Police look at enforcement of business closure orders due to coronavirus



“There’s a mix of businesses struggling to stay open that are on the fence of whether they should be staying open,” said Amherst Mayor Mark Costilow last week.

Most stores remaining open under the state orders are doing what they can to promote social distancing, he said. For example, Discount DrugMart locations are installing see-through shields at checkouts.

Others are trying to keep up with increased demand. Costilow said Tyson Foods on Cooper Foster Park Road is a large factory that he believes will be aggressively hiring.

Amherst has seen few issues with compliance, he said — though some upset business owners have called the police, only to be redirected to Lorain County Public Health.

Vaping supply retailers and craft stores are two areas where question marks remain, he said.

“Some have tried to get attorneys to try to figure out how they fall into an essential category,” Costilow said.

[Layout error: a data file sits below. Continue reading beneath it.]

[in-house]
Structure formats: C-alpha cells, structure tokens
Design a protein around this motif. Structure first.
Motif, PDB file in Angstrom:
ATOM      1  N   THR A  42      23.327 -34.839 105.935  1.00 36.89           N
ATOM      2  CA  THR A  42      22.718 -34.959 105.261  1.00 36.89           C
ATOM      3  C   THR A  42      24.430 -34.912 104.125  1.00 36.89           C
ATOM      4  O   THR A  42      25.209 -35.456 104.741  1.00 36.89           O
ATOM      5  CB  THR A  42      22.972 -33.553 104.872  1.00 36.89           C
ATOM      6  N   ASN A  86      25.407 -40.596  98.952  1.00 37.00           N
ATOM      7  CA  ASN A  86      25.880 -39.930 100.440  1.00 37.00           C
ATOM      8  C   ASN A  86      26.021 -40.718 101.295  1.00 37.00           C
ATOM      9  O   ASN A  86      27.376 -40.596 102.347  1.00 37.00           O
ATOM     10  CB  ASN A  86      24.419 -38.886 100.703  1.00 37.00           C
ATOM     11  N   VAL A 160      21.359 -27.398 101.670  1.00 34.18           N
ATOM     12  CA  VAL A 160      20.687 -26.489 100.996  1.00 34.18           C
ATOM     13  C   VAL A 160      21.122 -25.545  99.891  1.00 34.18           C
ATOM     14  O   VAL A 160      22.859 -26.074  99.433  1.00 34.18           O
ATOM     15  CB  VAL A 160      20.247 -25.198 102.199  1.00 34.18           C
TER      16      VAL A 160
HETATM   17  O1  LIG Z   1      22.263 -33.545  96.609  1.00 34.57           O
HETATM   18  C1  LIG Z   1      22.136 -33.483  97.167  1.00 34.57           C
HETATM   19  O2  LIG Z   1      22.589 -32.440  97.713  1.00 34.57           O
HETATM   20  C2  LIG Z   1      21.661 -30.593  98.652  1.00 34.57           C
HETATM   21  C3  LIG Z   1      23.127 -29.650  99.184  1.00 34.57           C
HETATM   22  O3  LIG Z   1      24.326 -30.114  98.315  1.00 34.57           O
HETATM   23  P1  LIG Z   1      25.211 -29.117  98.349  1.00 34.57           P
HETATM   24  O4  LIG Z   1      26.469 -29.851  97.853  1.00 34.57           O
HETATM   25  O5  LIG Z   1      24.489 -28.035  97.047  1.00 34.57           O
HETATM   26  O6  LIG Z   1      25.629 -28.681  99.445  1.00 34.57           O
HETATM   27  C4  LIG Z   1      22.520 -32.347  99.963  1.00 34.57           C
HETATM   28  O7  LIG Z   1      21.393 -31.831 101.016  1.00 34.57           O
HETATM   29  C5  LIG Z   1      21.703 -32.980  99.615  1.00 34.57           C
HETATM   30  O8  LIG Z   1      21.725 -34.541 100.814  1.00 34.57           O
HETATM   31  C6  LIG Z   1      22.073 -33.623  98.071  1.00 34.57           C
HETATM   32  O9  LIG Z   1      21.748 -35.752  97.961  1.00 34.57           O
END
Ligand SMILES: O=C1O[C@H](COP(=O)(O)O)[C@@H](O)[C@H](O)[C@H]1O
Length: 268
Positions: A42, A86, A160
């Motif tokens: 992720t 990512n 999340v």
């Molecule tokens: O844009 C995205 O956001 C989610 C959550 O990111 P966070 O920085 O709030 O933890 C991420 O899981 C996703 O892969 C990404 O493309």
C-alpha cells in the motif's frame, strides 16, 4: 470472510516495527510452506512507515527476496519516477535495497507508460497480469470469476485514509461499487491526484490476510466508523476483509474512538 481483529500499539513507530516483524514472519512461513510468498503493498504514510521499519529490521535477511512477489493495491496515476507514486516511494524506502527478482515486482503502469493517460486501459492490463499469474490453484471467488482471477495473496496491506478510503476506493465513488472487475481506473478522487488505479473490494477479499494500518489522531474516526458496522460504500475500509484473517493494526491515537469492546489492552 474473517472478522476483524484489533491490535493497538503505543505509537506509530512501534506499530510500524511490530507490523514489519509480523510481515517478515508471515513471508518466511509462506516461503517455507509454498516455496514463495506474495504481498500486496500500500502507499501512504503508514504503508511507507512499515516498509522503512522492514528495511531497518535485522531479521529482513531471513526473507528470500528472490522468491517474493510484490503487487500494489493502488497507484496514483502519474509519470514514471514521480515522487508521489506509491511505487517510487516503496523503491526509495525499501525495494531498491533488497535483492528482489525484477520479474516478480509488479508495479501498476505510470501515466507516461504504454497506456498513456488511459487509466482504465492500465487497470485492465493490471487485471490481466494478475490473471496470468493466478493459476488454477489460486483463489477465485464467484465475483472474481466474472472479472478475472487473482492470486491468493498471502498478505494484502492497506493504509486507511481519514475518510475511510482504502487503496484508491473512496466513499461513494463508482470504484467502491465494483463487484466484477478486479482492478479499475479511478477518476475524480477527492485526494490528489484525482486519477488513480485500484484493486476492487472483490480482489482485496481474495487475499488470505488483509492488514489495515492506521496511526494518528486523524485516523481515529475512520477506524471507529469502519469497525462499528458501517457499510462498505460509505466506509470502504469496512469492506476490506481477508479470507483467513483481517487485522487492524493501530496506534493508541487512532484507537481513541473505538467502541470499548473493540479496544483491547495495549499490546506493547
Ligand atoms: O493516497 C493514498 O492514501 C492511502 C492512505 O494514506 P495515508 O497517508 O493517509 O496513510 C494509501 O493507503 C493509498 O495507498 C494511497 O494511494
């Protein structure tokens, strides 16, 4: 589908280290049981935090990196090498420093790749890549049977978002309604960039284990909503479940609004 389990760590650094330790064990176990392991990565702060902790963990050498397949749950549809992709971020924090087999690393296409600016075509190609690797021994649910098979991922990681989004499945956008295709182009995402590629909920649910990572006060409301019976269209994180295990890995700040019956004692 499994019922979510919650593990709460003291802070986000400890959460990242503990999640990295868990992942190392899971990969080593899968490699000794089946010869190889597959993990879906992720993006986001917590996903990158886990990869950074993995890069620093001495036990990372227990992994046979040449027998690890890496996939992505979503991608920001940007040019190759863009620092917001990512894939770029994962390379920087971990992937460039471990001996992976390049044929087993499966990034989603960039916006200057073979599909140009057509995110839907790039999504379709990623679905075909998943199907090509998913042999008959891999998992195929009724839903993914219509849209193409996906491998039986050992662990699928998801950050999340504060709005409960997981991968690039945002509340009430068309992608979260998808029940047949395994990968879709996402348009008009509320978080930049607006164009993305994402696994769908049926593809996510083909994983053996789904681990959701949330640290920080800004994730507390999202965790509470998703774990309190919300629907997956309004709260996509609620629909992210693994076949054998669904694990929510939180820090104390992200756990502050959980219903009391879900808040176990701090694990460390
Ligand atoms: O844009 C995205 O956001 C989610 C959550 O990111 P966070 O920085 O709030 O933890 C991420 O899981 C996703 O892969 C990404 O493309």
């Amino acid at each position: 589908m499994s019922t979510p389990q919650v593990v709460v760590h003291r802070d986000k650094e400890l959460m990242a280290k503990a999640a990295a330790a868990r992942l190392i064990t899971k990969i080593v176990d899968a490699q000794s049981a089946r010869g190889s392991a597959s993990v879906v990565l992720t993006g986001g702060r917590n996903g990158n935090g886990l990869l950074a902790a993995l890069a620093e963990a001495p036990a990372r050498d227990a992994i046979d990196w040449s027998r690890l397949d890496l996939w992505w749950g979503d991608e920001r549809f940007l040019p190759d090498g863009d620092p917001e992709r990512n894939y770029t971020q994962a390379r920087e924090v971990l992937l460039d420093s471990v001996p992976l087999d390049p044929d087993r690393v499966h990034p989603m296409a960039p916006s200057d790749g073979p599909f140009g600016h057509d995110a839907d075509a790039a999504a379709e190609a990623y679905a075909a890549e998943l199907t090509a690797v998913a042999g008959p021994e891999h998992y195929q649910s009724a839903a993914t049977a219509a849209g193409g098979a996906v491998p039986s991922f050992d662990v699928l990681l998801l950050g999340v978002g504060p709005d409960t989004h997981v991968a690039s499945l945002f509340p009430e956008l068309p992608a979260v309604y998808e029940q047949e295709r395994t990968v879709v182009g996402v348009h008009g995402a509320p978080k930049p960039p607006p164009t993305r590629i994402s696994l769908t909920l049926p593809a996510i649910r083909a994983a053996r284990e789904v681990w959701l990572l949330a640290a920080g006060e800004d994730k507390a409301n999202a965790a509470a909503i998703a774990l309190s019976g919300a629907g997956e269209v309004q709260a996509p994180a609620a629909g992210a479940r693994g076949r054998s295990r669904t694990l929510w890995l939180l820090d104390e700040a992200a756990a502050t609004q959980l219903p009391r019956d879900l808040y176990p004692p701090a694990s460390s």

Amherst Police Chief Joseph Kucirek said that as of last Thursday, county health officials had not given definite orders on which “gray area” businesses must close.

He said he’s expressed concerns to the Ohio Attorney General’s office about businesses he believes are open on technicalities, but should close.

Kucirek said some niche retailers are staying open because “five percent” of their stock is exempted under the state’s order, but 95 percent isn’t.

Costilow said that for now he giving businesses the chance to make the right choices. “I don’t want to be in lawsuits later, but on the other hand I don’t want people getting sick, either. It’s a horrible place to be,” he said.

Both the mayor and police chief expressed worries that warmer weather and complacency will lead to more pandemic violations over the next few weeks.

“I think we’re in a calm right now, almost a normalcy developing. I think that’s going to change,” Costilow said, anticipating more enforcement is coming.